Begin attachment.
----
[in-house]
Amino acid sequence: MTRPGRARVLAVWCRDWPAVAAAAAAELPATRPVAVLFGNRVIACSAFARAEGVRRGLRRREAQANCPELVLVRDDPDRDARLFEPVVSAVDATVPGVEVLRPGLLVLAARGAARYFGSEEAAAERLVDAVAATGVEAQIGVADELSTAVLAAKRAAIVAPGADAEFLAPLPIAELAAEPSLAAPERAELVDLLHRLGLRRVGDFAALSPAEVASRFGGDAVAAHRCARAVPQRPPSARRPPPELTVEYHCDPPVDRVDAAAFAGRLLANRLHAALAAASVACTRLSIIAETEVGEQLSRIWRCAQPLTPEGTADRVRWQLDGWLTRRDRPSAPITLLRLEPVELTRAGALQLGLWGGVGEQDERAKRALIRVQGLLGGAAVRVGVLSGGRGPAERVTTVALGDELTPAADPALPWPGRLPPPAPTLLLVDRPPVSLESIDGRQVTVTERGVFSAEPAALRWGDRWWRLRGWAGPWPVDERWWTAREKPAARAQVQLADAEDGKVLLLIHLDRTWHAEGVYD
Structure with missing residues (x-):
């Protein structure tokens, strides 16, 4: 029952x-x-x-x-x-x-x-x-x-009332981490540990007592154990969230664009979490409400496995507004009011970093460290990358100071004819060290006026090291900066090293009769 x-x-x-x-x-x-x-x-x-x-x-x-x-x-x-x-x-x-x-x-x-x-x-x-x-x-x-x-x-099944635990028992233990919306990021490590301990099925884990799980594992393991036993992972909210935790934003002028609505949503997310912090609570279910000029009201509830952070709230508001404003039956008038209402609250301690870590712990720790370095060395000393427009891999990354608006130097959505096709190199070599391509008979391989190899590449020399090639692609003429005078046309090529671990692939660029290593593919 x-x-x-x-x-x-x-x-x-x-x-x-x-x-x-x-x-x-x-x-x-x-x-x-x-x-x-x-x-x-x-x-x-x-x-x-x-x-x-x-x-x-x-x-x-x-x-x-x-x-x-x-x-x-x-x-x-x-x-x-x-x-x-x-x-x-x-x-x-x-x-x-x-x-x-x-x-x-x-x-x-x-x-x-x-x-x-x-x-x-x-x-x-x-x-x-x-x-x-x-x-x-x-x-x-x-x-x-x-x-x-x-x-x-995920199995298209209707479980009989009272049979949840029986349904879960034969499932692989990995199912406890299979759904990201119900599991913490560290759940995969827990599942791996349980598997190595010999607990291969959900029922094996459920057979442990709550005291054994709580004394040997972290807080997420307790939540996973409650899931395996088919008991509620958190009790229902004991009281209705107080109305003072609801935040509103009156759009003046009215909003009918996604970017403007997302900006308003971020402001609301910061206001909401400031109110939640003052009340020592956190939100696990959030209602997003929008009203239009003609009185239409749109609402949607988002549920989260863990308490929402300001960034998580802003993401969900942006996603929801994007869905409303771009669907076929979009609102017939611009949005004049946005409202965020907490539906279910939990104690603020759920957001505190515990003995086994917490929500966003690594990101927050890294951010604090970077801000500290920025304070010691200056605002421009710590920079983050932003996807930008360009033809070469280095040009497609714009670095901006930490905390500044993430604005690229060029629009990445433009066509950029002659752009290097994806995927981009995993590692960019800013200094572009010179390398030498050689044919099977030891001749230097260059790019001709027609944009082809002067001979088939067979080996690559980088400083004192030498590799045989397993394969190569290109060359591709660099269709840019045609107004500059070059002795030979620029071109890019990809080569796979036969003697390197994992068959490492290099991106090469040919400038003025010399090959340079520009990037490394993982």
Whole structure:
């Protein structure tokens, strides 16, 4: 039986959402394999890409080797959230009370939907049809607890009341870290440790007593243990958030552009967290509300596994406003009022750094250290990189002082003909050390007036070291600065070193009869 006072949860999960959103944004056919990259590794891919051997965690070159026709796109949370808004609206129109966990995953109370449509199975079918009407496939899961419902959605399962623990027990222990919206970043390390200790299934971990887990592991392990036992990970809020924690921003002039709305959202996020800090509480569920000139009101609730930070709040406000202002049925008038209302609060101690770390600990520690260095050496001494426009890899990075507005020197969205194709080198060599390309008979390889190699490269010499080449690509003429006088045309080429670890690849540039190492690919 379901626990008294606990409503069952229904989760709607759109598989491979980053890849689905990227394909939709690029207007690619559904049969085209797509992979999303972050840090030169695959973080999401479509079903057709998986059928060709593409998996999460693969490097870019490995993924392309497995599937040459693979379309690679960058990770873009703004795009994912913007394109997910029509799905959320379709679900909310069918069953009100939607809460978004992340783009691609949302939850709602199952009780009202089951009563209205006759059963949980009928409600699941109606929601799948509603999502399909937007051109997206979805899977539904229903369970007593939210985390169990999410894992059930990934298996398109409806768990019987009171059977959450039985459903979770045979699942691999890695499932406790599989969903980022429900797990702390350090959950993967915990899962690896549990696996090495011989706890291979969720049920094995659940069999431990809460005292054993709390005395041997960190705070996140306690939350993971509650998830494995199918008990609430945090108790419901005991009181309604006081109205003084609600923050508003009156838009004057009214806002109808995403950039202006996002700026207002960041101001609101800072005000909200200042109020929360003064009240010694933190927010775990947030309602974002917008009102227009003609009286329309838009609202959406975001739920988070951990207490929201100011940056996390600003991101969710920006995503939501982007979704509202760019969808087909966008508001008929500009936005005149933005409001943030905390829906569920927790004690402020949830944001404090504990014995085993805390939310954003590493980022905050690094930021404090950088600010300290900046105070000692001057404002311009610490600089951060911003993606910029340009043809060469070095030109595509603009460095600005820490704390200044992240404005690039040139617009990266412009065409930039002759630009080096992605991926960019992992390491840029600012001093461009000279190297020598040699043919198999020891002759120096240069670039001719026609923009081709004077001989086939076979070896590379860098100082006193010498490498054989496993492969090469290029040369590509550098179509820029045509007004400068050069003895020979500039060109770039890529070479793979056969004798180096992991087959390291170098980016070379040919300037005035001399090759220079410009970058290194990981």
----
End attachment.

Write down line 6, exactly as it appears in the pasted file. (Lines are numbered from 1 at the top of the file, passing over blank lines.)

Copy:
């Protein structure tokens, strides 16, 4: 039986959402394999890409080797959230009370939907049809607890009341870290440790007593243990958030552009967290509300596994406003009022750094250290990189002082003909050390007036070291600065070193009869 006072949860999960959103944004056919990259590794891919051997965690070159026709796109949370808004609206129109966990995953109370449509199975079918009407496939899961419902959605399962623990027990222990919206970043390390200790299934971990887990592991392990036992990970809020924690921003002039709305959202996020800090509480569920000139009101609730930070709040406000202002049925008038209302609060101690770390600990520690260095050496001494426009890899990075507005020197969205194709080198060599390309008979390889190699490269010499080449690509003429006088045309080429670890690849540039190492690919 379901626990008294606990409503069952229904989760709607759109598989491979980053890849689905990227394909939709690029207007690619559904049969085209797509992979999303972050840090030169695959973080999401479509079903057709998986059928060709593409998996999460693969490097870019490995993924392309497995599937040459693979379309690679960058990770873009703004795009994912913007394109997910029509799905959320379709679900909310069918069953009100939607809460978004992340783009691609949302939850709602199952009780009202089951009563209205006759059963949980009928409600699941109606929601799948509603999502399909937007051109997206979805899977539904229903369970007593939210985390169990999410894992059930990934298996398109409806768990019987009171059977959450039985459903979770045979699942691999890695499932406790599989969903980022429900797990702390350090959950993967915990899962690896549990696996090495011989706890291979969720049920094995659940069999431990809460005292054993709390005395041997960190705070996140306690939350993971509650998830494995199918008990609430945090108790419901005991009181309604006081109205003084609600923050508003009156838009004057009214806002109808995403950039202006996002700026207002960041101001609101800072005000909200200042109020929360003064009240010694933190927010775990947030309602974002917008009102227009003609009286329309838009609202959406975001739920988070951990207490929201100011940056996390600003991101969710920006995503939501982007979704509202760019969808087909966008508001008929500009936005005149933005409001943030905390829906569920927790004690402020949830944001404090504990014995085993805390939310954003590493980022905050690094930021404090950088600010300290900046105070000692001057404002311009610490600089951060911003993606910029340009043809060469070095030109595509603009460095600005820490704390200044992240404005690039040139617009990266412009065409930039002759630009080096992605991926960019992992390491840029600012001093461009000279190297020598040699043919198999020891002759120096240069670039001719026609923009081709004077001989086939076979070896590379860098100082006193010498490498054989496993492969090469290029040369590509550098179509820029045509007004400068050069003895020979500039060109770039890529070479793979056969004798180096992991087959390291170098980016070379040919300037005035001399090759220079410009970058290194990981």